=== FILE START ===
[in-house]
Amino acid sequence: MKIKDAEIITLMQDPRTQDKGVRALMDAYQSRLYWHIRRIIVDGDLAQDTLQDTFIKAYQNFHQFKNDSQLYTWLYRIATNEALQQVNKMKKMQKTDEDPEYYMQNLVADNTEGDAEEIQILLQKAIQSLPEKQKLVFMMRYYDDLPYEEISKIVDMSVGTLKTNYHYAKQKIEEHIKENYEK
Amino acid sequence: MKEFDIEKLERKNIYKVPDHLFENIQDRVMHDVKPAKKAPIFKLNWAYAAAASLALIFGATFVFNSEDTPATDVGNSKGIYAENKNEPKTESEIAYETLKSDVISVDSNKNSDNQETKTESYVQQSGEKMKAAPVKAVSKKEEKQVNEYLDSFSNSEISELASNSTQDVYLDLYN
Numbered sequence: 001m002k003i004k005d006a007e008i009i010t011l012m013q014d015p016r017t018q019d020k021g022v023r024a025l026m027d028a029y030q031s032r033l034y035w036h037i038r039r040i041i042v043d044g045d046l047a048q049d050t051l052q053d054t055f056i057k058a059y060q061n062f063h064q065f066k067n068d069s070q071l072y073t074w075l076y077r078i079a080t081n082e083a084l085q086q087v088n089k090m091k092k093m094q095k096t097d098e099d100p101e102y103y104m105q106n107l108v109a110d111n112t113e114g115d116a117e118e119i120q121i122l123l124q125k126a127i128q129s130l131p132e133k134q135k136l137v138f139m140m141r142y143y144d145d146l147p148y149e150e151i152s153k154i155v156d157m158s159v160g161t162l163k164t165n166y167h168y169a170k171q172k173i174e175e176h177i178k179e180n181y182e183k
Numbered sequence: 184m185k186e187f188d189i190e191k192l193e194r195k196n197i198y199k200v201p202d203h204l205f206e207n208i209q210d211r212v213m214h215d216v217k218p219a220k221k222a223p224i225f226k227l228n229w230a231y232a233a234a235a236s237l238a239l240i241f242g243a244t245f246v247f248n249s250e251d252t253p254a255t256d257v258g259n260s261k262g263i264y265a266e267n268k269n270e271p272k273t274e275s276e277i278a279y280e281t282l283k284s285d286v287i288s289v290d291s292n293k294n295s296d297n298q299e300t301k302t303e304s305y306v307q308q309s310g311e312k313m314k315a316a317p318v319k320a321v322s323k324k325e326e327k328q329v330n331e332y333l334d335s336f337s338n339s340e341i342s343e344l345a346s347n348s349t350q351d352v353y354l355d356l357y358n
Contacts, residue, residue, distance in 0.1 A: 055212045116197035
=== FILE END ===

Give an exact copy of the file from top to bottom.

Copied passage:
[in-house]
Amino acid sequence: MKIKDAEIITLMQDPRTQDKGVRALMDAYQSRLYWHIRRIIVDGDLAQDTLQDTFIKAYQNFHQFKNDSQLYTWLYRIATNEALQQVNKMKKMQKTDEDPEYYMQNLVADNTEGDAEEIQILLQKAIQSLPEKQKLVFMMRYYDDLPYEEISKIVDMSVGTLKTNYHYAKQKIEEHIKENYEK
Amino acid sequence: MKEFDIEKLERKNIYKVPDHLFENIQDRVMHDVKPAKKAPIFKLNWAYAAAASLALIFGATFVFNSEDTPATDVGNSKGIYAENKNEPKTESEIAYETLKSDVISVDSNKNSDNQETKTESYVQQSGEKMKAAPVKAVSKKEEKQVNEYLDSFSNSEISELASNSTQDVYLDLYN
Numbered sequence: 001m002k003i004k005d006a007e008i009i010t011l012m013q014d015p016r017t018q019d020k021g022v023r024a025l026m027d028a029y030q031s032r033l034y035w036h037i038r039r040i041i042v043d044g045d046l047a048q049d050t051l052q053d054t055f056i057k058a059y060q061n062f063h064q065f066k067n068d069s070q071l072y073t074w075l076y077r078i079a080t081n082e083a084l085q086q087v088n089k090m091k092k093m094q095k096t097d098e099d100p101e102y103y104m105q106n107l108v109a110d111n112t113e114g115d116a117e118e119i120q121i122l123l124q125k126a127i128q129s130l131p132e133k134q135k136l137v138f139m140m141r142y143y144d145d146l147p148y149e150e151i152s153k154i155v156d157m158s159v160g161t162l163k164t165n166y167h168y169a170k171q172k173i174e175e176h177i178k179e180n181y182e183k
Numbered sequence: 184m185k186e187f188d189i190e191k192l193e194r195k196n197i198y199k200v201p202d203h204l205f206e207n208i209q210d211r212v213m214h215d216v217k218p219a220k221k222a223p224i225f226k227l228n229w230a231y232a233a234a235a236s237l238a239l240i241f242g243a244t245f246v247f248n249s250e251d252t253p254a255t256d257v258g259n260s261k262g263i264y265a266e267n268k269n270e271p272k273t274e275s276e277i278a279y280e281t282l283k284s285d286v287i288s289v290d291s292n293k294n295s296d297n298q299e300t301k302t303e304s305y306v307q308q309s310g311e312k313m314k315a316a317p318v319k320a321v322s323k324k325e326e327k328q329v330n331e332y333l334d335s336f337s338n339s340e341i342s343e344l345a346s347n348s349t350q351d352v353y354l355d356l357y358n
Contacts, residue, residue, distance in 0.1 A: 055212045116197035